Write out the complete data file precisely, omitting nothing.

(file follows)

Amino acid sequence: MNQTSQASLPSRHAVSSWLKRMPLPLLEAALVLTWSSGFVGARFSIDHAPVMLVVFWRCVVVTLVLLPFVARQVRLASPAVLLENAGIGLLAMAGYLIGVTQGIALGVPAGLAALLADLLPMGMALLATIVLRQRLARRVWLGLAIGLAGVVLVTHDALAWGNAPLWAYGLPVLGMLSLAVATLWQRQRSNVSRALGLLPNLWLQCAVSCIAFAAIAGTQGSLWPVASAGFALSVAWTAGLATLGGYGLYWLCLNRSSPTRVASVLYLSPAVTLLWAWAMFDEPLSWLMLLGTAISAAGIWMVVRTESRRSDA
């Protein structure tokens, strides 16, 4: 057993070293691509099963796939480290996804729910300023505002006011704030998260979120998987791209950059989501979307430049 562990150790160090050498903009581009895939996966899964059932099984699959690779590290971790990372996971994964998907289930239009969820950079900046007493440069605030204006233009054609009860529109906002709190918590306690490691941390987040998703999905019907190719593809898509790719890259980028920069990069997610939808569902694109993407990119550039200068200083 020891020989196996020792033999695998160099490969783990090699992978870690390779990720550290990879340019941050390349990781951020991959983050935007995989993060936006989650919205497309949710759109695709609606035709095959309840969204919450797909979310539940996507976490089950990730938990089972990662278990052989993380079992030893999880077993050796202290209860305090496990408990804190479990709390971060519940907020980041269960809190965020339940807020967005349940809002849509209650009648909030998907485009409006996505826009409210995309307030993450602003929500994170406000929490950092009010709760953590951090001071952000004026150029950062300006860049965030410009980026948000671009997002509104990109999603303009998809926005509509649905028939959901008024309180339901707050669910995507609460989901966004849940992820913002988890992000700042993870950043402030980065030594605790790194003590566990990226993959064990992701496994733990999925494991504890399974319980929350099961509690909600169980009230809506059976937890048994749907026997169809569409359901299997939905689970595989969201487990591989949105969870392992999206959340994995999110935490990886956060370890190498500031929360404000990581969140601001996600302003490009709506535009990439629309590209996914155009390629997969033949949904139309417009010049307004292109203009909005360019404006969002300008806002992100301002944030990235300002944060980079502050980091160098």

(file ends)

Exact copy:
Amino acid sequence: MNQTSQASLPSRHAVSSWLKRMPLPLLEAALVLTWSSGFVGARFSIDHAPVMLVVFWRCVVVTLVLLPFVARQVRLASPAVLLENAGIGLLAMAGYLIGVTQGIALGVPAGLAALLADLLPMGMALLATIVLRQRLARRVWLGLAIGLAGVVLVTHDALAWGNAPLWAYGLPVLGMLSLAVATLWQRQRSNVSRALGLLPNLWLQCAVSCIAFAAIAGTQGSLWPVASAGFALSVAWTAGLATLGGYGLYWLCLNRSSPTRVASVLYLSPAVTLLWAWAMFDEPLSWLMLLGTAISAAGIWMVVRTESRRSDA
């Protein structure tokens, strides 16, 4: 057993070293691509099963796939480290996804729910300023505002006011704030998260979120998987791209950059989501979307430049 562990150790160090050498903009581009895939996966899964059932099984699959690779590290971790990372996971994964998907289930239009969820950079900046007493440069605030204006233009054609009860529109906002709190918590306690490691941390987040998703999905019907190719593809898509790719890259980028920069990069997610939808569902694109993407990119550039200068200083 020891020989196996020792033999695998160099490969783990090699992978870690390779990720550290990879340019941050390349990781951020991959983050935007995989993060936006989650919205497309949710759109695709609606035709095959309840969204919450797909979310539940996507976490089950990730938990089972990662278990052989993380079992030893999880077993050796202290209860305090496990408990804190479990709390971060519940907020980041269960809190965020339940807020967005349940809002849509209650009648909030998907485009409006996505826009409210995309307030993450602003929500994170406000929490950092009010709760953590951090001071952000004026150029950062300006860049965030410009980026948000671009997002509104990109999603303009998809926005509509649905028939959901008024309180339901707050669910995507609460989901966004849940992820913002988890992000700042993870950043402030980065030594605790790194003590566990990226993959064990992701496994733990999925494991504890399974319980929350099961509690909600169980009230809506059976937890048994749907026997169809569409359901299997939905689970595989969201487990591989949105969870392992999206959340994995999110935490990886956060370890190498500031929360404000990581969140601001996600302003490009709506535009990439629309590209996914155009390629997969033949949904139309417009010049307004292109203009909005360019404006969002300008806002992100301002944030990235300002944060980079502050980091160098």